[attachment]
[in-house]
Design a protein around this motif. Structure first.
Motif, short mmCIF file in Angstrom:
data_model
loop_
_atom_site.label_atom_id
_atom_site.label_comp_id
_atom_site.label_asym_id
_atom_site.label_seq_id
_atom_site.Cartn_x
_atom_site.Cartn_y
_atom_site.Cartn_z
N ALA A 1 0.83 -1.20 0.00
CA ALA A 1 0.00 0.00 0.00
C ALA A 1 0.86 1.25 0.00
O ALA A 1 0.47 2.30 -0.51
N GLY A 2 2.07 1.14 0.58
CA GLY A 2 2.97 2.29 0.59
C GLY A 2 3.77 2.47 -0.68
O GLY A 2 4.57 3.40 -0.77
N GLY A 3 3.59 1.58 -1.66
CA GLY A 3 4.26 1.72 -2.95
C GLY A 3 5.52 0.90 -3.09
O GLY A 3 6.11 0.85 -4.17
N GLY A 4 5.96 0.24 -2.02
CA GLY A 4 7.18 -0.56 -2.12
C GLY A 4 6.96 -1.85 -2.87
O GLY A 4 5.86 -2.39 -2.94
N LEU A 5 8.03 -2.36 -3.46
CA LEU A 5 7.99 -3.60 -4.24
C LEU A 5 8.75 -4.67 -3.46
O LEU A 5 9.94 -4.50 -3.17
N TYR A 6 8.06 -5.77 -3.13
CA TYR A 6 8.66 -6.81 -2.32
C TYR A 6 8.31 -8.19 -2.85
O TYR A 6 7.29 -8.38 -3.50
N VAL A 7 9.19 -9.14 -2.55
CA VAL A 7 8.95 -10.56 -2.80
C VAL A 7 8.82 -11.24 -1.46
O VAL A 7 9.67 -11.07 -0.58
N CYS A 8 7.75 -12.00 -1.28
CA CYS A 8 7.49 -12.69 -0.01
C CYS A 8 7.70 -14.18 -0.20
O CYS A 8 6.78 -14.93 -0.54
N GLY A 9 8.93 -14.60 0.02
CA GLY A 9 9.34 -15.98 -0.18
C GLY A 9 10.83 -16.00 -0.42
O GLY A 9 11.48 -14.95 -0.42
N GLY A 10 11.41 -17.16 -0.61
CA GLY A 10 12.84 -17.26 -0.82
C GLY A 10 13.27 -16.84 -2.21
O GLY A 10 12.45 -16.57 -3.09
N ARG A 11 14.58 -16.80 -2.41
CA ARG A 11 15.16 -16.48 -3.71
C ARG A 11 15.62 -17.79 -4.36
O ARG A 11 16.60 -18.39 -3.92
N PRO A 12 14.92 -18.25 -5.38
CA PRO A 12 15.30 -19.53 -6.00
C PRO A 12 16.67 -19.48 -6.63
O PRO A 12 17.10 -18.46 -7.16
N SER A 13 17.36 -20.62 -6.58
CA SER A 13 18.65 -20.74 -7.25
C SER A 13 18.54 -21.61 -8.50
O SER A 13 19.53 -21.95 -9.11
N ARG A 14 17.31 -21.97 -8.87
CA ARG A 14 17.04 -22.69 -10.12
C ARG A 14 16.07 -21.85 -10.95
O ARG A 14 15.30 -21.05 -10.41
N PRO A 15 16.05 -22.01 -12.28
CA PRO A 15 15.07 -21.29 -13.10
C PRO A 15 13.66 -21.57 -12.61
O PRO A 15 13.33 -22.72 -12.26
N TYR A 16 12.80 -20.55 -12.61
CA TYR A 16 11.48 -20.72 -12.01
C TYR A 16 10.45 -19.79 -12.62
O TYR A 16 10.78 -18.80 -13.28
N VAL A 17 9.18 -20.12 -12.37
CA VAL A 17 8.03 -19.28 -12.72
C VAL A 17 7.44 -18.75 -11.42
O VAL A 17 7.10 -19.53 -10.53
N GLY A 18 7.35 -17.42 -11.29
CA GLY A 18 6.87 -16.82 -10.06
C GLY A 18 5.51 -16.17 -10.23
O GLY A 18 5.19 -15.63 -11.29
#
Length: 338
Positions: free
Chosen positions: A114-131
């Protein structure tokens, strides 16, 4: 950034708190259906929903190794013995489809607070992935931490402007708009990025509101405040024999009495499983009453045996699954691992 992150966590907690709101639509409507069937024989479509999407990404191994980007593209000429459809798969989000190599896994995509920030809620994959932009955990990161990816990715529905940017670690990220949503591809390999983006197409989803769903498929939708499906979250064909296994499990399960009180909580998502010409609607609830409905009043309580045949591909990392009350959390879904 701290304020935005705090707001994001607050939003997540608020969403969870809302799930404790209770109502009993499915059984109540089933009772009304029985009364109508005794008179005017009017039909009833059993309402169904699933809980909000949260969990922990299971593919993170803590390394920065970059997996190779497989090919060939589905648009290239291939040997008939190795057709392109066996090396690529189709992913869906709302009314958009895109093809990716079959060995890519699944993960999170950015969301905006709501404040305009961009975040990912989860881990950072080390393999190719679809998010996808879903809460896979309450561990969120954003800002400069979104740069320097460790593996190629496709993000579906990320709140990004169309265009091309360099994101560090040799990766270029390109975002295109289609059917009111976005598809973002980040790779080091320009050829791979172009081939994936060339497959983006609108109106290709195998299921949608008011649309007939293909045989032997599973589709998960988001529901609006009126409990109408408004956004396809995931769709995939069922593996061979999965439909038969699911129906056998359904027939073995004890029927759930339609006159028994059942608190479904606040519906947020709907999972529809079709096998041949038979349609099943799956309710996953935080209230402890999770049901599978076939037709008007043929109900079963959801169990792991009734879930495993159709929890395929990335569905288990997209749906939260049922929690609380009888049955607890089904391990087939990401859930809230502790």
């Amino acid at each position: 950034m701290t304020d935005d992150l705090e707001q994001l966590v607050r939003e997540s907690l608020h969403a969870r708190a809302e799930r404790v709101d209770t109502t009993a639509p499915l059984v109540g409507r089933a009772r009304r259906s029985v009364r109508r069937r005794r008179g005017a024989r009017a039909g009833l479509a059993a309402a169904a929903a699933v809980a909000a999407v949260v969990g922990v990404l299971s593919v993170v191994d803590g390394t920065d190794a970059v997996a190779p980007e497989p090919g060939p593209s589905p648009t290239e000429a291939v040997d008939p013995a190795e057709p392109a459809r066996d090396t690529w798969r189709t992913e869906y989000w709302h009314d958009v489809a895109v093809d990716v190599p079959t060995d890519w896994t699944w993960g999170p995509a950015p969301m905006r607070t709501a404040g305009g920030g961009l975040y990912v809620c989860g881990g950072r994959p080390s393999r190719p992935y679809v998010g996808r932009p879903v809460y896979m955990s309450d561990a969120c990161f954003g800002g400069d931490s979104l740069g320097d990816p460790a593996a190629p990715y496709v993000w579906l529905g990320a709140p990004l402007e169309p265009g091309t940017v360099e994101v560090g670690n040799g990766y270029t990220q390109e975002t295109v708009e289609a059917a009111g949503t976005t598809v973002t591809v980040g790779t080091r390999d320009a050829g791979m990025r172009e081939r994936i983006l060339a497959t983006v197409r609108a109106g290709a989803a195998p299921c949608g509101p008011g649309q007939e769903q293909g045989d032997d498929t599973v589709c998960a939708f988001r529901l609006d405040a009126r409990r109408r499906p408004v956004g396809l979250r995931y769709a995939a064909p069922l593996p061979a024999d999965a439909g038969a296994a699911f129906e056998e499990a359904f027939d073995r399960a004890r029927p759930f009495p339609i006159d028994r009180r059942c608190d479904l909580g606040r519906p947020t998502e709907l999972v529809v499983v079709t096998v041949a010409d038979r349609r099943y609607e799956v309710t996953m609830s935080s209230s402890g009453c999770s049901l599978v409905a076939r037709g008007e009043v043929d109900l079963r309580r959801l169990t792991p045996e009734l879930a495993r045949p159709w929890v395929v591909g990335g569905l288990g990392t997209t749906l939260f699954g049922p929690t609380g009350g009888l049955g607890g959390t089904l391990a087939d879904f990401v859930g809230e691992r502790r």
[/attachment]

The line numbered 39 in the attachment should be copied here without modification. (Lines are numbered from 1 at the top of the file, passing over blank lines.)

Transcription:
C VAL A 7 8.82 -11.24 -1.46